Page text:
Core supports are a critical part of a participant’s NDIS funding. They’re among the top three support categories utilised by NDIS, with the other two known as capital and capacity building. The NDIS defines core supports as the following:
“Core Supports help you with everyday activities, your current disability-related needs and to work towards your goals. Your Core Supports budget is the most flexible, and in most cases, you can use your funding across any of the four support categories.”
The four core support categories include:
1. Daily living
3. Social/community participation
This guide describes each Wrong in detail and provides details on what you should know regarding core supports.
Why are core supports important in your NDIS plan?
Like the name implies, core supports are central to your plan and they often comprise a large portion of your NDIS funding. While there are four main categories of core supports, every participant has different needs, so the NDIS provides some flexibility with re-allocating funds.
For example, you may find that your social/community participation funds are far more than what’s needed, but you could use additional funding to cover consumables. Most categories offer some level of flexibility so that you can meet your core needs.
Understanding the four areas of core supports
Core supports are separated into these categories:
- Daily living – daily living refers to any items or services a participant needs that are related to daily activities. This could include help with administering medication, getting dressed, 24-hour care, nursing assistance, household chores, yard work, hygiene activities, and anything else that’s needed as part of day-to-day living. This can vary greatly between participants since every person has different needs.
- Consumables – consumables are daily items required to help manage personal disability related needs. Examples include absorbent products for incontinence, equipment for vision or hearing assistance, service animals, special feeding equipment, customised prosthetics, or language or sign language training, interpretation and translation.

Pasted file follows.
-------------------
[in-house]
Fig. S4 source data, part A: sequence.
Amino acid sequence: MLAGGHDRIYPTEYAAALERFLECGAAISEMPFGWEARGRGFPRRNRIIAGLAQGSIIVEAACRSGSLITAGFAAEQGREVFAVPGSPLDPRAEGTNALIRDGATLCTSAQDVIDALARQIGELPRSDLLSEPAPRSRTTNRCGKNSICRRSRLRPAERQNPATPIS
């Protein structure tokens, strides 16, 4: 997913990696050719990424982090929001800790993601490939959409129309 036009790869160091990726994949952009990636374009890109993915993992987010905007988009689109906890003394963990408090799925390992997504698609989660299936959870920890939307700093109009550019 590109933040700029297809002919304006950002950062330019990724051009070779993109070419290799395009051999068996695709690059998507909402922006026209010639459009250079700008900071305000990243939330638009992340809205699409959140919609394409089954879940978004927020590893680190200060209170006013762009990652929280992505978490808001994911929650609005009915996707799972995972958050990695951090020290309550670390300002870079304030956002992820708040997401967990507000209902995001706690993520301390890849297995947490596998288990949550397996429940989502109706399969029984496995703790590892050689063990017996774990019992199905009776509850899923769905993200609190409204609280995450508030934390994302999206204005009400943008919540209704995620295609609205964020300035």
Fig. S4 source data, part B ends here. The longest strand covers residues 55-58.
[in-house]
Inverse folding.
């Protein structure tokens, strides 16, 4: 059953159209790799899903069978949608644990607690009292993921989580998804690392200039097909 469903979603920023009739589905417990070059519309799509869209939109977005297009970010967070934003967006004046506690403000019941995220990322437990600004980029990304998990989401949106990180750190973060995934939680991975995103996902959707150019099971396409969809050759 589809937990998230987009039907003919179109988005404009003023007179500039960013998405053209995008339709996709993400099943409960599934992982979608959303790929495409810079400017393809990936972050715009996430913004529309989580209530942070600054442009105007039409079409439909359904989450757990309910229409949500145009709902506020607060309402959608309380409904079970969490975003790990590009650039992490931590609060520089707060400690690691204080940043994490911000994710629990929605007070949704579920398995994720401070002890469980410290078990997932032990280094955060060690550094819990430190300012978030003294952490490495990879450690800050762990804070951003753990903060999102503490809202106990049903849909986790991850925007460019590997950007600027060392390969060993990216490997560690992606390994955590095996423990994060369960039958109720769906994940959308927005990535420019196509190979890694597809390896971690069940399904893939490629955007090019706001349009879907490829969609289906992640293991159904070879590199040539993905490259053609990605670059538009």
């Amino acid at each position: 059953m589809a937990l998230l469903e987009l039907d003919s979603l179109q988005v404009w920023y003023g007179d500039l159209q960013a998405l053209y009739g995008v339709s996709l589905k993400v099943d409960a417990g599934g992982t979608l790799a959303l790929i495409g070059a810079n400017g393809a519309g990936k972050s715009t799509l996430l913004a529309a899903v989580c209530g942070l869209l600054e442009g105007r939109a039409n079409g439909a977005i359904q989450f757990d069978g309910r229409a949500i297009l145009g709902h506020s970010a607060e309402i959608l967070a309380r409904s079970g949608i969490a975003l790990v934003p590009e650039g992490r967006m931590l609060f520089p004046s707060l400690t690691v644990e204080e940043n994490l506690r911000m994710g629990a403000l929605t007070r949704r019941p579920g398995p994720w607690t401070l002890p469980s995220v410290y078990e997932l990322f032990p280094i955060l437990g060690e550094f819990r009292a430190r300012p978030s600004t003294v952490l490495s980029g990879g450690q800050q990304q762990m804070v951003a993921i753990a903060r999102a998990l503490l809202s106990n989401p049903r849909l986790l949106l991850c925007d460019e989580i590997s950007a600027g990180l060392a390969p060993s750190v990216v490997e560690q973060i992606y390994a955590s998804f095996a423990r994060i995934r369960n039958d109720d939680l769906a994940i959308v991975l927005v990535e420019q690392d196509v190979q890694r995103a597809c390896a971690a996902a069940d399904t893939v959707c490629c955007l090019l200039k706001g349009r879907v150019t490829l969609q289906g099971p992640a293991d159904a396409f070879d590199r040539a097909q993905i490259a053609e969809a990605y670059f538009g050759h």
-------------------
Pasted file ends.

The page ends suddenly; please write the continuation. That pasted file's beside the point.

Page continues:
- Social Community/Participation – community involvement is important for personal development and mental health. This funding category covers the cost for support workers who may take participants to events, group activities, one-on-one activities, social and recreation activities, exercise, shopping, and other social events.
- Transport – from keeping appointments with providers to attending social events, transportation is key daily living. Transportation funding can cover public and private transport for the NDIS participant along with activity-based transport where service providers may charge a fee. If a participant is unable to use public transport, they can pay for someone to drive them around.
What you should know about flexibility in core supports spending
While core supports funding is allocated between categories, you can move funds around within certain categories to meet your needs. However, some categories such as transportation don’t allow for flexibility. the NDIS will also sometimes include funding in stated supports which means that the funding is for specific items which often may require quotes.
If you have questions about which funding categories are flexible vs non-flexible, speak with your coordinator of support or plan manager for additional guidance, and review your NDIS plan for more information.
Certain expenses may be unclear or hard to categorise. If you have any questions about items or services you may want that aren’t mentioned under core supports, or items in other categories that may be eligible for funding under core supports, ask your plan manager for assistance in understanding your options.